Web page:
Touche Amore

Touche Amore


The distressed voice of Daniel Johnston suffocates the room in thoughts of an eternal, inescapable funeral. Calls to forever close, and the silence invites a dangerous animal to the stage of Manchester’s Sound Control. Restless and feverish, the platform is paced to the soundtrack of melodic incline, before cathartic contraction is set free in the form of ‘Flowers and You’, the introduction to LA-based quintet Touche Amore’s latest record Stage Four: a harrowing and visceral exercise of dignity and grace in the face of grief.

Coloured with a mature shade of desolation and musical sophistication, Stage Four challenges death, memory and the arc of processing such things with a vicious sense of artistic courage. Tragedy weighs heavy on Jeremy Bolm, front-man of the hardcore Californian giants, as he opens the evening with cries of being crushed by the sight of his mother “withering away”. Further self-examination pulls Bolm to cross the divide of the barrier to inject such ballooning thoughts of heartache and sorrow into the face of the audience, and the audience fight over each other, hexed and possessed, to scream of their own demons back into his. Bolm admits to still feeling his mother everywhere on the cutting ‘New Halloween’, and with such honesty a knife is planted in the belly of the room – only to be twisted by Bolm’s struggles to finish certain lines regarding voice-messages he’s still unable to listen to and the rapturous waves of profound sadness you swim against when something you love is gone.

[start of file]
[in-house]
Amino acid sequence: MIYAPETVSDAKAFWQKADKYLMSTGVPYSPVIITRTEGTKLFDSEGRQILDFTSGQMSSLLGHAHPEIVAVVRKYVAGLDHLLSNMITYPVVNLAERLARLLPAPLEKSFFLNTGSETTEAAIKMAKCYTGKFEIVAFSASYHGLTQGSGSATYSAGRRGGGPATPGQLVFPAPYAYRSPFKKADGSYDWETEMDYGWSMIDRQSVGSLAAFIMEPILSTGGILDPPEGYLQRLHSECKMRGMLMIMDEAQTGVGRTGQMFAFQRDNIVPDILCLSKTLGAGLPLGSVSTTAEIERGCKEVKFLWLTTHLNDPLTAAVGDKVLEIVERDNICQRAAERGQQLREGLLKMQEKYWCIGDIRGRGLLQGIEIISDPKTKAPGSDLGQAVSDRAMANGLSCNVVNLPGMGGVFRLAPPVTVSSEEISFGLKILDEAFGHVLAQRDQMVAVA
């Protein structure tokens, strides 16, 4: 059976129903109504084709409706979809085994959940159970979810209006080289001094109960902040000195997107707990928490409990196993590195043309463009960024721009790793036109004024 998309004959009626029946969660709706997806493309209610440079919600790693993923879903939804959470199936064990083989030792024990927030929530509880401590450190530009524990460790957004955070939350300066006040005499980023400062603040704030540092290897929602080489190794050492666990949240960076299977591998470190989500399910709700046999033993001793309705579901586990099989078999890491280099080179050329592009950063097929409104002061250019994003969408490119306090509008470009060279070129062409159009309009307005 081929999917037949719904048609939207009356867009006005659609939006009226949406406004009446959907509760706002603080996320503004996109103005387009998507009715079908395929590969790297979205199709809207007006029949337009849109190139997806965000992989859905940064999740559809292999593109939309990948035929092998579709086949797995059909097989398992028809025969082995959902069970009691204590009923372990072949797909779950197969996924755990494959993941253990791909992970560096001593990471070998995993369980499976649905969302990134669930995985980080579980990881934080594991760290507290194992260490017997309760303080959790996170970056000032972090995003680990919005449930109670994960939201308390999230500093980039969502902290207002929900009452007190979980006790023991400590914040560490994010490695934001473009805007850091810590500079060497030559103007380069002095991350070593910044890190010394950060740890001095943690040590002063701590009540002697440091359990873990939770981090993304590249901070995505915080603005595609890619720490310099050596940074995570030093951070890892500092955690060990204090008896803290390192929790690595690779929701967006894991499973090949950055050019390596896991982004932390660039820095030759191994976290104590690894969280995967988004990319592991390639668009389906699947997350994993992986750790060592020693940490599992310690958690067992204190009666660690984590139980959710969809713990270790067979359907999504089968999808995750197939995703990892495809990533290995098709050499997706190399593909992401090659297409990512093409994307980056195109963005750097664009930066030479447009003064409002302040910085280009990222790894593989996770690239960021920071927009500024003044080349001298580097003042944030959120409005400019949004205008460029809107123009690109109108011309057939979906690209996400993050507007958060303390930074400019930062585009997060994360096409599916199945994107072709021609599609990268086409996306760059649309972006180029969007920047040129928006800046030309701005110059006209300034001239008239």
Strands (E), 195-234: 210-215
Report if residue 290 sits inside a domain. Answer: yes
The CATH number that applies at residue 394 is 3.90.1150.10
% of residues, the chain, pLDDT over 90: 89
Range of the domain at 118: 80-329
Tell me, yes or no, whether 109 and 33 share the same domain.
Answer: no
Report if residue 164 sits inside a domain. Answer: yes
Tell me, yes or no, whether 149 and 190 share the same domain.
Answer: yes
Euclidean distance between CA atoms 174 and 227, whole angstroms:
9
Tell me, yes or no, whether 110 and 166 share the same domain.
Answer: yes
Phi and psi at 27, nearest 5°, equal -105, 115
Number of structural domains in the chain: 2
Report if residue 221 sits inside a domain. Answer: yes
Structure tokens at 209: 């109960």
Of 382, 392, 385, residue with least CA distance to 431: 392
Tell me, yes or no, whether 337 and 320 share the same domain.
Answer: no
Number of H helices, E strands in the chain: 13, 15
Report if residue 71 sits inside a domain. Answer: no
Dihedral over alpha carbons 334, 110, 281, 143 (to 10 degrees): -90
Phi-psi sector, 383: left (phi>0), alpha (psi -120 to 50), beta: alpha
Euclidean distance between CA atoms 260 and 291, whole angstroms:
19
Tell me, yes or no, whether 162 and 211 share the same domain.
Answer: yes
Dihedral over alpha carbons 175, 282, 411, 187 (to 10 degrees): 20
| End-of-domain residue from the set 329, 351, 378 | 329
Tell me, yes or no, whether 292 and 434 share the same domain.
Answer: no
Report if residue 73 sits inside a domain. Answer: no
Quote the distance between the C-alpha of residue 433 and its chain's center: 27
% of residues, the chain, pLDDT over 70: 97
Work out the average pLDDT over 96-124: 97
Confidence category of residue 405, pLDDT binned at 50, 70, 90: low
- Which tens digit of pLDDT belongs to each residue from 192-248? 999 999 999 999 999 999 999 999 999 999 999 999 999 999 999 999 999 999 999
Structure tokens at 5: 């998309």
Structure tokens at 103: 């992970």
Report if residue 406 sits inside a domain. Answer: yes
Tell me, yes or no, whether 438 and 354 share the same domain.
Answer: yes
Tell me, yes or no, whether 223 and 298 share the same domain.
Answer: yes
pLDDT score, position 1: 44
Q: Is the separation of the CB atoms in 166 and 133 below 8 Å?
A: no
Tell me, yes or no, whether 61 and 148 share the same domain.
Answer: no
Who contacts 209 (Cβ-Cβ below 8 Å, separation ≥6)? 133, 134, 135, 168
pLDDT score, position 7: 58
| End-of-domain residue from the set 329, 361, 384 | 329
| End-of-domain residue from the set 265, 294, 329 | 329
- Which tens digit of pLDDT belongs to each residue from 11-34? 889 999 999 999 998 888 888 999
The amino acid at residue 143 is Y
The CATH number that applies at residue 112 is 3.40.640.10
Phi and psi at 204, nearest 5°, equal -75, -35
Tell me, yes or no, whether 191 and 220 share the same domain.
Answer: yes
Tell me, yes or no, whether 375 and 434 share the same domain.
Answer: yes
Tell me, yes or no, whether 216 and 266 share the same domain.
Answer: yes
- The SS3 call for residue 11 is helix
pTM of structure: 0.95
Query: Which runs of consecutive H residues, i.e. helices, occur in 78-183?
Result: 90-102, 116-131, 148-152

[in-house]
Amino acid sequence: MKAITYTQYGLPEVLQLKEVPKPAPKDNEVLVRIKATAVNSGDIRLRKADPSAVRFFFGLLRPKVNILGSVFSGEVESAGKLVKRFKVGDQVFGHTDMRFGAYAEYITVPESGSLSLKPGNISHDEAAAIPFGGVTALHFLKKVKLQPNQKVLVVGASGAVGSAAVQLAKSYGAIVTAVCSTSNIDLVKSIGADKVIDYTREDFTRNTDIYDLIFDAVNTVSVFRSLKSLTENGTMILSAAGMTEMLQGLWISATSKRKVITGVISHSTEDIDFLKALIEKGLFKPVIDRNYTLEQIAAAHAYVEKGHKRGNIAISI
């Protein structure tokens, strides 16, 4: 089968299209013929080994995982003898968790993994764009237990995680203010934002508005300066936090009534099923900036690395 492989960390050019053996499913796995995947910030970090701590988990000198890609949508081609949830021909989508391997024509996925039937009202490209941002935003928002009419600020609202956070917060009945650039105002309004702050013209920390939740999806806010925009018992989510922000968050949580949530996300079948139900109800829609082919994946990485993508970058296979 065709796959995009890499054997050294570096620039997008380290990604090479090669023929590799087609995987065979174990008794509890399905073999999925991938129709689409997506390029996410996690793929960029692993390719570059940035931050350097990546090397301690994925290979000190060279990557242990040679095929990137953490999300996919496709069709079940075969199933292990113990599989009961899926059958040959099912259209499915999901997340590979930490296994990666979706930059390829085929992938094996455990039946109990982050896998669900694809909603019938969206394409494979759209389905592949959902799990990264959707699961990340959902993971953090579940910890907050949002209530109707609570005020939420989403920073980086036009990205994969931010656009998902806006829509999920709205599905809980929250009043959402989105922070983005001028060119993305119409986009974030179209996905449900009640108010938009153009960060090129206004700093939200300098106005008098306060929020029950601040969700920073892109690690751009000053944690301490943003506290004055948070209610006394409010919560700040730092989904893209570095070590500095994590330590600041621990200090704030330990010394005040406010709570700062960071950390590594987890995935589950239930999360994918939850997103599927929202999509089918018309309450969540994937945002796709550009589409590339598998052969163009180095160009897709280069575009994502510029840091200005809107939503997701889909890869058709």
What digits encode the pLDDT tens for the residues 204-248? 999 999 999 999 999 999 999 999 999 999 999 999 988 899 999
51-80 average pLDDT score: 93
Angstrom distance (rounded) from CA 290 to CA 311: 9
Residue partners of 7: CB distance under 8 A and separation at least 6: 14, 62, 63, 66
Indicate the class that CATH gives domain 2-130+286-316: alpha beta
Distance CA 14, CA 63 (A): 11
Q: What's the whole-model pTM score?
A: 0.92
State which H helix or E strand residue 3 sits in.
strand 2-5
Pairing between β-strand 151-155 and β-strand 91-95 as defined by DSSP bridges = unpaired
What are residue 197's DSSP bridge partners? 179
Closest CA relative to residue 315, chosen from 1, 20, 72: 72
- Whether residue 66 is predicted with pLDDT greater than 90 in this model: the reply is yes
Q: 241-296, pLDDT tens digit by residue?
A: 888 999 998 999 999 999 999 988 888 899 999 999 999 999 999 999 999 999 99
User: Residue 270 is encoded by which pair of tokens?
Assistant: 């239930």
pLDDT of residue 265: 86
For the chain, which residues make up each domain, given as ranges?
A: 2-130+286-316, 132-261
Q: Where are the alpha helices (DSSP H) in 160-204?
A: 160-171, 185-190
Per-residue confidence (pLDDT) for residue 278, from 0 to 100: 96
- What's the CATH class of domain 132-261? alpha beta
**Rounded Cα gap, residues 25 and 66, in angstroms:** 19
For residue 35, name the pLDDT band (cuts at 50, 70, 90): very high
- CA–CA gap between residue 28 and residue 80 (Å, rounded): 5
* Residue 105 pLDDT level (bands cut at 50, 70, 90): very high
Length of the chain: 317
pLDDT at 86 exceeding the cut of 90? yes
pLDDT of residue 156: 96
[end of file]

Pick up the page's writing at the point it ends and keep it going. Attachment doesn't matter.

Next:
Although the air-tight post-punk natives gift the audience with powerful, 100-second bursts of instrumental catharsis, it’s hard to draw your eyes away from Bolm. Touch Amore defy their peers with a high-functioning level of creative confidence that burns its fire for no witness, but it’s Bolm who’s crucifying himself on-stage. It’s Bolm who’s sucking the poison out of the wound. Doused in a sea of audience following a final crossing of the barrier into the arms of the devout, Bolm cries “at least I tried” on set-encore ‘Gravity, Metaphorically’, and although the statement tries to tie itself to the past, it’s clear that he’s still trying, and never stopped. Some things last a long time.

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James Musker

Music Journalism student and lover of all things sensory and cosmic.